Analysis of the talocrural and subtalar joint motions in patients with medial tibial stress syndrome

Kei Akiyama*, Byungjoo Noh, Mako Fukano, Shumpei Miyakawa, Norikazu Hirose, Toru Fukubayashi

*Corresponding author for this work

Research output: Contribution to journalArticlepeer-review

6 Citations (Scopus)


Background: The rearfoot motion during sports activities in patients with the medial tibial stress syndrome (MTSS) is unknown. This study aimed to investigate the difference in kinematics of the rearfoot in MTSS patients (eight male soccer players) and control participants (eight male soccer players) during a forward step. Methods: Sixteen male soccer players, including eight players with MTSS, participated. Forward step trials were recorded with cineradiographic images obtained at a sampling rate of 60 Hz. Geometric bone models of the tibia and talus/calcaneus were created from computed tomography scans of the distal part of one lower limb. Following a combination of approaches, anatomical coordinate systems were embedded in each bone model. The talocrural joint motion (relative motion of the talus with respect to the tibia) and subtalar joint motion (relative motion of the calcaneus with respect to the talus) were examined. Results: A significantly larger range of internal/external rotation and inversion/eversion motion was observed in the subtalar joint of MTSS patients compared to healthy controls (P < 0.05) from heel contact to heel off. There were no significant differences between the MTSS patients and healthy participants in the ranges of all talocrural joint angles during the forward step. Conclusion: Our results indicate that the range of subtalar joint motion is greater in patients with MTSS during the stance phase of the forward step. The kinematic results obtained of this study may have important clinical implications and add quantitative data to an in vivo database of MTSS patients.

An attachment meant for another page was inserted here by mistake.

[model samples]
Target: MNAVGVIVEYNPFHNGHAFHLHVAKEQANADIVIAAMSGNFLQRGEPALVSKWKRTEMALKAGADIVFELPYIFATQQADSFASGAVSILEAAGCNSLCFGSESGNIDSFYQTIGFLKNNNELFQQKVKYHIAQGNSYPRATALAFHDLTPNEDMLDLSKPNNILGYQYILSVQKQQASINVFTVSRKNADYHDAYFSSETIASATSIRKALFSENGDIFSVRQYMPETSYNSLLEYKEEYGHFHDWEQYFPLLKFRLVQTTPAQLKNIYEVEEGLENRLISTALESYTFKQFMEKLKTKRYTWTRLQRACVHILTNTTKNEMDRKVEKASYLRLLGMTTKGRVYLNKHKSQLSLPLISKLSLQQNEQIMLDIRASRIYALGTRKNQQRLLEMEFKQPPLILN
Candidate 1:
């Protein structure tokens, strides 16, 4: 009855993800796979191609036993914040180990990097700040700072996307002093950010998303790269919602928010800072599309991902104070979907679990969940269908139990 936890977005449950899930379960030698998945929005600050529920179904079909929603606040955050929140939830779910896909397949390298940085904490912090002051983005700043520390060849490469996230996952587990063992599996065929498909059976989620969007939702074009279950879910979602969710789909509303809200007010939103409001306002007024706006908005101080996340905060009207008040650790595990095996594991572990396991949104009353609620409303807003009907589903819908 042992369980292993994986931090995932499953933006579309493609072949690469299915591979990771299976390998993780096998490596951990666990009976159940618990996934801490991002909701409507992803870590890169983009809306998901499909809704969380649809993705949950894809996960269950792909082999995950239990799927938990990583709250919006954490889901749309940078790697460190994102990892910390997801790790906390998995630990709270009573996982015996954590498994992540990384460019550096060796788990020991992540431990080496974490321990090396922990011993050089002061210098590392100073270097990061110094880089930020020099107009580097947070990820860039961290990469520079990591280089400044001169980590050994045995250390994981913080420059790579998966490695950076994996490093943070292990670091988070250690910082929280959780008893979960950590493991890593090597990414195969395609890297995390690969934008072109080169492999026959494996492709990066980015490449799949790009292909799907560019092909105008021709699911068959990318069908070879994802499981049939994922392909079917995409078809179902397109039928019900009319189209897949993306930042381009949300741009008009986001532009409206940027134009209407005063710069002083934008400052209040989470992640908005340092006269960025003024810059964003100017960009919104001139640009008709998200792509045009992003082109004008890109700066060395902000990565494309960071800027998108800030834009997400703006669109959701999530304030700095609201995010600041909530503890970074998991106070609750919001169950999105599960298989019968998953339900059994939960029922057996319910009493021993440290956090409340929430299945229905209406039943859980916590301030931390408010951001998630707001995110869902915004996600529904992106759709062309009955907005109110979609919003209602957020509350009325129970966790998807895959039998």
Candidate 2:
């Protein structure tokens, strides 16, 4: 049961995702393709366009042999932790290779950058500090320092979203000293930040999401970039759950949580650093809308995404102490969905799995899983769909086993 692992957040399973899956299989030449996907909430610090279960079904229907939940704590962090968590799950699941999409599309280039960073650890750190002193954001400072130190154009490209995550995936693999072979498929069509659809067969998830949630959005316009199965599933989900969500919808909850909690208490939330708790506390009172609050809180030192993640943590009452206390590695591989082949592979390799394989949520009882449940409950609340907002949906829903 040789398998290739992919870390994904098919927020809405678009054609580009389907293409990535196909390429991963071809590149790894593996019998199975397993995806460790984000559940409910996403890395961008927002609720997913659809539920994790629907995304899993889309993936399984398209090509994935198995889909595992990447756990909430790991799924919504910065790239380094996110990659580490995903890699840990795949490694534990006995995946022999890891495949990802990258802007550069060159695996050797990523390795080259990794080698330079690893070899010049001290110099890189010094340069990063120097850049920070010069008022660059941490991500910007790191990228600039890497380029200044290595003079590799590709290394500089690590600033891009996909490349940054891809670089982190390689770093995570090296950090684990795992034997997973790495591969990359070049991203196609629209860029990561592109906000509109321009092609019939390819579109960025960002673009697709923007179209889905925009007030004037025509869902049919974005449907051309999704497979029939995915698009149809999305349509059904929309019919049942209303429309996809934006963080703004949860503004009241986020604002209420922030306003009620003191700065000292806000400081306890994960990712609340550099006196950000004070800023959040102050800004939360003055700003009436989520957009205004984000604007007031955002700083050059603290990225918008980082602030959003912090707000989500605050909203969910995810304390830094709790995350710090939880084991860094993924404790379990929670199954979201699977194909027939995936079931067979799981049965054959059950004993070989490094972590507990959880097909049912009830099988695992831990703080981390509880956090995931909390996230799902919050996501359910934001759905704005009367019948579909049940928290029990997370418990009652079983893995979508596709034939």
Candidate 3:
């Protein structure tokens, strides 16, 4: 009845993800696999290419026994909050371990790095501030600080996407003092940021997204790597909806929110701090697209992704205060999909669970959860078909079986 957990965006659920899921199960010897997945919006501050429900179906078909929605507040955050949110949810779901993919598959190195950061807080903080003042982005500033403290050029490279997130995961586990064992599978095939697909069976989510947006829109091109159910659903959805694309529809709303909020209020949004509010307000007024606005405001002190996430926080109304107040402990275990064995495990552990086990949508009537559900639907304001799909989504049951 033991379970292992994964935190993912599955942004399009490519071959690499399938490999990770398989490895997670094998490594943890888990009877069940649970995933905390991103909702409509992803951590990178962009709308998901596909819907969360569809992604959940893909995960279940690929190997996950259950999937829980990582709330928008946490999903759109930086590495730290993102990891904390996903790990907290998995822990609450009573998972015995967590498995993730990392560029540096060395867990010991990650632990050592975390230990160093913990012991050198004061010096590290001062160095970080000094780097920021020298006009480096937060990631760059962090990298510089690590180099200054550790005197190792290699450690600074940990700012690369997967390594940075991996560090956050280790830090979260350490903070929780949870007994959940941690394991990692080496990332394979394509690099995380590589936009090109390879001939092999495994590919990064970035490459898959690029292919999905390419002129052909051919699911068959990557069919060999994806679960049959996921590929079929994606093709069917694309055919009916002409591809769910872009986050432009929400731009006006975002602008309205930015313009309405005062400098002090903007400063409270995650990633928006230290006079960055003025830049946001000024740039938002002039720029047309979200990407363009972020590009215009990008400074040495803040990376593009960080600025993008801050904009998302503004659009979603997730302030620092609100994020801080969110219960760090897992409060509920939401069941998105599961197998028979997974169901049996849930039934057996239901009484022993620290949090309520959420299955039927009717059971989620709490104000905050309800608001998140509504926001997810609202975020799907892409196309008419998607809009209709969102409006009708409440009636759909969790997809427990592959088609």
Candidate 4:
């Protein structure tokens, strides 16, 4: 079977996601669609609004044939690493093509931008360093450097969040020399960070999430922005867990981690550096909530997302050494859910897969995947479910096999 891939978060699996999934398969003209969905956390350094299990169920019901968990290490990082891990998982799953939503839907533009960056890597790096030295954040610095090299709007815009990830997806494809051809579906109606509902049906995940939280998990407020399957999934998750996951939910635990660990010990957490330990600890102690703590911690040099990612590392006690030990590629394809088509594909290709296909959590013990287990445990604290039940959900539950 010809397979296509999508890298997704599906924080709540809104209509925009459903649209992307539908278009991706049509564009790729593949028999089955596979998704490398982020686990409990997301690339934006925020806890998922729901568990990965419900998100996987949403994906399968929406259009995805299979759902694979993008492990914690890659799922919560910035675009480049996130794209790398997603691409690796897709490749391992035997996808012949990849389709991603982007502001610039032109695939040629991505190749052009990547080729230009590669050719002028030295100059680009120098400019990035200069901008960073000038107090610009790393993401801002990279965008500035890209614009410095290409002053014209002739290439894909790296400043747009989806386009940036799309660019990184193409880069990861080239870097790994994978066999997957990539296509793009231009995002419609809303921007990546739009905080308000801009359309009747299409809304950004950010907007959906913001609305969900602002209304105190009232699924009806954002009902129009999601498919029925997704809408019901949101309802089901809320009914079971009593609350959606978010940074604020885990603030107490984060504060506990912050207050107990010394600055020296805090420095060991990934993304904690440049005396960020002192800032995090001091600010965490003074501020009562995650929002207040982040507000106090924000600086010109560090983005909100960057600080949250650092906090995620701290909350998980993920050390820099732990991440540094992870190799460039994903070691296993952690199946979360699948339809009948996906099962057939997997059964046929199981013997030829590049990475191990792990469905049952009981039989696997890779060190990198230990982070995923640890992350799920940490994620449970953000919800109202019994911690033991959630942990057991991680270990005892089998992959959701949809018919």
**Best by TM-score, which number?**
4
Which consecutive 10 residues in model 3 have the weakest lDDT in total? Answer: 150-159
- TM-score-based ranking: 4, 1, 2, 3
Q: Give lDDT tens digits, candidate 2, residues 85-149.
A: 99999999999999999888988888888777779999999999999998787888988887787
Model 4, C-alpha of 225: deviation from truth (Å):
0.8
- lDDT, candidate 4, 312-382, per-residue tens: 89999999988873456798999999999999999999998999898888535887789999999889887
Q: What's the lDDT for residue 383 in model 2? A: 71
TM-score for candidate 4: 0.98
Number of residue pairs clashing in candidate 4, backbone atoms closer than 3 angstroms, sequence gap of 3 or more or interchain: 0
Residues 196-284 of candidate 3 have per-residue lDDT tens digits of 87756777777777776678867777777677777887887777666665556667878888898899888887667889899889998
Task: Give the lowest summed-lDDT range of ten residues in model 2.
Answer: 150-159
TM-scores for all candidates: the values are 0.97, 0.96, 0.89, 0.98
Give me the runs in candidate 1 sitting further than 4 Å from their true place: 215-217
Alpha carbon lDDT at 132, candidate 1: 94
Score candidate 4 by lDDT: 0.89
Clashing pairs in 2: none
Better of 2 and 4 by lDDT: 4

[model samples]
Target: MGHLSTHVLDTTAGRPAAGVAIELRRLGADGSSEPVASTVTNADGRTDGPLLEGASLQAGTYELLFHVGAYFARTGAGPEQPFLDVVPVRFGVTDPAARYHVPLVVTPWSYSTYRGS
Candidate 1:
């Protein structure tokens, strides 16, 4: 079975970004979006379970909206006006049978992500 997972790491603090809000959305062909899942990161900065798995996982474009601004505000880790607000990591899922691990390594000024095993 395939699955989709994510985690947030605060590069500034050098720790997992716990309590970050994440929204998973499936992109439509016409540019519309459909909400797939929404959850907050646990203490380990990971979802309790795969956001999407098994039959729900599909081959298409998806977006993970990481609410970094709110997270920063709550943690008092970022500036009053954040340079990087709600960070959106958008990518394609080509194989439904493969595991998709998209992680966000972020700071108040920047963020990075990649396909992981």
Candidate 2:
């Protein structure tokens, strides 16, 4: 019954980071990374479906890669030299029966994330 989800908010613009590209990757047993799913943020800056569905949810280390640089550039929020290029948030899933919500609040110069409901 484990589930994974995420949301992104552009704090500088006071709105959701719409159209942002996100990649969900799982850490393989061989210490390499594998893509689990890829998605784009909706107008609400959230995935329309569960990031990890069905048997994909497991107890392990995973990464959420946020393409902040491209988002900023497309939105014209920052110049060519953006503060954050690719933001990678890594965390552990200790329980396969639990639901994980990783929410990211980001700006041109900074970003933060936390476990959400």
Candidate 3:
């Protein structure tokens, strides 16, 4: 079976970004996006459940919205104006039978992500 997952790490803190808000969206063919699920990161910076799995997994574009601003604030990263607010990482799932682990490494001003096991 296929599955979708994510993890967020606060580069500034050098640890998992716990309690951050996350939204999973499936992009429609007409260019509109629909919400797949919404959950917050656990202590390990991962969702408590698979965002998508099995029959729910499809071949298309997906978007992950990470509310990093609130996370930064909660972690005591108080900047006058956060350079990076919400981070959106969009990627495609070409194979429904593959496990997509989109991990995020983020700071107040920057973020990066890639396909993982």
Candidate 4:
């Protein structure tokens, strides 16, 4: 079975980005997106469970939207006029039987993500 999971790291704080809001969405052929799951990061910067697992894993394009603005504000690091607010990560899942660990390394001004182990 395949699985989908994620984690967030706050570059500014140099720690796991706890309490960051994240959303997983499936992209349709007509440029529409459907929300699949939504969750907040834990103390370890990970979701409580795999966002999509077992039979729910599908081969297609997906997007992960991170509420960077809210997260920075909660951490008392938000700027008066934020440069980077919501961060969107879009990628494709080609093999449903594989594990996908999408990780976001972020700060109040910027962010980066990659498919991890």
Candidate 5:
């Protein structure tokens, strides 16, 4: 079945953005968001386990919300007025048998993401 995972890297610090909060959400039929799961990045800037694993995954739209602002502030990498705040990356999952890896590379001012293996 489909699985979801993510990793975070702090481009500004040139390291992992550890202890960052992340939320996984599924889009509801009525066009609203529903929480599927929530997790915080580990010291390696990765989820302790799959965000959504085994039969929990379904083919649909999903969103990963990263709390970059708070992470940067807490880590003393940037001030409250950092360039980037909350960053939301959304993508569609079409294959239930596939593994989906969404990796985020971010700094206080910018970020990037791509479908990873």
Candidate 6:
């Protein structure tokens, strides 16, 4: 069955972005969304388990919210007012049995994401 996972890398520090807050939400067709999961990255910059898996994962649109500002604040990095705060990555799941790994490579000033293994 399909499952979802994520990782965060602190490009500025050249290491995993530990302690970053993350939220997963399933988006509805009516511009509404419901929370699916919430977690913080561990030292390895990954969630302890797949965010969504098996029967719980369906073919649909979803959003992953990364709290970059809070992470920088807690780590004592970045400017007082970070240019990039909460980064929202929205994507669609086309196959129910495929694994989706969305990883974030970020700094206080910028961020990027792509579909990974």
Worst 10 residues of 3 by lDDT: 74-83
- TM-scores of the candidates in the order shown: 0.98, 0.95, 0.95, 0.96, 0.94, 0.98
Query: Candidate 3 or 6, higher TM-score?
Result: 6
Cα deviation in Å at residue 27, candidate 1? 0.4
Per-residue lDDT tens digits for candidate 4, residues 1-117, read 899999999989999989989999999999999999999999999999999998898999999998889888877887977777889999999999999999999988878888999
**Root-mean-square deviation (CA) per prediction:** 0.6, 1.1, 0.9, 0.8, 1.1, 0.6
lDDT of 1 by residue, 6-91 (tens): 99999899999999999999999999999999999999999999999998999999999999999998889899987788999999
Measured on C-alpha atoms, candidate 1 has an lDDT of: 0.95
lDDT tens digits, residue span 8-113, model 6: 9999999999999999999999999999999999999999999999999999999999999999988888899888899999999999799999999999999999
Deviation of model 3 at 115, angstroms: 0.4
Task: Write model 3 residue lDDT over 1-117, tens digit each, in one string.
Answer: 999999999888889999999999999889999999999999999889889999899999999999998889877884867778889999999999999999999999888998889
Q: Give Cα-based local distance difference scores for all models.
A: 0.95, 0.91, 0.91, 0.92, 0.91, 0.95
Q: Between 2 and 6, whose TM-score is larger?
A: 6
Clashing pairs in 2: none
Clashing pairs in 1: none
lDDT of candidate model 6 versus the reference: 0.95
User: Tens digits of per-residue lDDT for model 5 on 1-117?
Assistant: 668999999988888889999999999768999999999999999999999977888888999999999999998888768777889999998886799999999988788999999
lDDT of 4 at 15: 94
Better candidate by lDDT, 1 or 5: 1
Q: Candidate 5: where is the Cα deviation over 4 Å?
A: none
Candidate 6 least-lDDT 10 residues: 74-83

Original languageEnglish
Article number25
JournalJournal of Foot and Ankle Research
Issue number1
Publication statusPublished - 2015 Jul 1


  • 3D to 2D registration technique
  • Medial tibial stress syndrome
  • Subtalar joint
  • Talocrural joint

ASJC Scopus subject areas

  • Orthopedics and Sports Medicine


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